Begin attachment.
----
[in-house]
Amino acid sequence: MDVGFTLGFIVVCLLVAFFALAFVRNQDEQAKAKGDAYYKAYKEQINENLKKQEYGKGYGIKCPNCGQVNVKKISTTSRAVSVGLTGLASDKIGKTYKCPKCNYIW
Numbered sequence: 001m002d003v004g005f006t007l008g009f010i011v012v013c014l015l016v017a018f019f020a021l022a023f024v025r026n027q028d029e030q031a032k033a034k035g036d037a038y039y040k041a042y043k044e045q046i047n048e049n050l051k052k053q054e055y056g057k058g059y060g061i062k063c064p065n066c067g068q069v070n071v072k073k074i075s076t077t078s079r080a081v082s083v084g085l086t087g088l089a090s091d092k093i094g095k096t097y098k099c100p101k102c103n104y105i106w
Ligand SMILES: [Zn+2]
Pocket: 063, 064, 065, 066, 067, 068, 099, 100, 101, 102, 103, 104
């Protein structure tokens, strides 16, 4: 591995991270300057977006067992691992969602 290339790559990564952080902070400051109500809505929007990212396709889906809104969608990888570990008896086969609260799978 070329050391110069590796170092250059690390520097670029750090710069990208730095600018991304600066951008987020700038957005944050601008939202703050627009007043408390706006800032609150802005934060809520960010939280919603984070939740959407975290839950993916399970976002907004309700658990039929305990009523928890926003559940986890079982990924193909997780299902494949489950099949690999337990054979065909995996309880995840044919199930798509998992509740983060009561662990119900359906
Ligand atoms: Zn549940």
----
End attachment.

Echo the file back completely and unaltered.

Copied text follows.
[in-house]
Amino acid sequence: MDVGFTLGFIVVCLLVAFFALAFVRNQDEQAKAKGDAYYKAYKEQINENLKKQEYGKGYGIKCPNCGQVNVKKISTTSRAVSVGLTGLASDKIGKTYKCPKCNYIW
Numbered sequence: 001m002d003v004g005f006t007l008g009f010i011v012v013c014l015l016v017a018f019f020a021l022a023f024v025r026n027q028d029e030q031a032k033a034k035g036d037a038y039y040k041a042y043k044e045q046i047n048e049n050l051k052k053q054e055y056g057k058g059y060g061i062k063c064p065n066c067g068q069v070n071v072k073k074i075s076t077t078s079r080a081v082s083v084g085l086t087g088l089a090s091d092k093i094g095k096t097y098k099c100p101k102c103n104y105i106w
Ligand SMILES: [Zn+2]
Pocket: 063, 064, 065, 066, 067, 068, 099, 100, 101, 102, 103, 104
């Protein structure tokens, strides 16, 4: 591995991270300057977006067992691992969602 290339790559990564952080902070400051109500809505929007990212396709889906809104969608990888570990008896086969609260799978 070329050391110069590796170092250059690390520097670029750090710069990208730095600018991304600066951008987020700038957005944050601008939202703050627009007043408390706006800032609150802005934060809520960010939280919603984070939740959407975290839950993916399970976002907004309700658990039929305990009523928890926003559940986890079982990924193909997780299902494949489950099949690999337990054979065909995996309880995840044919199930798509998992509740983060009561662990119900359906
Ligand atoms: Zn549940």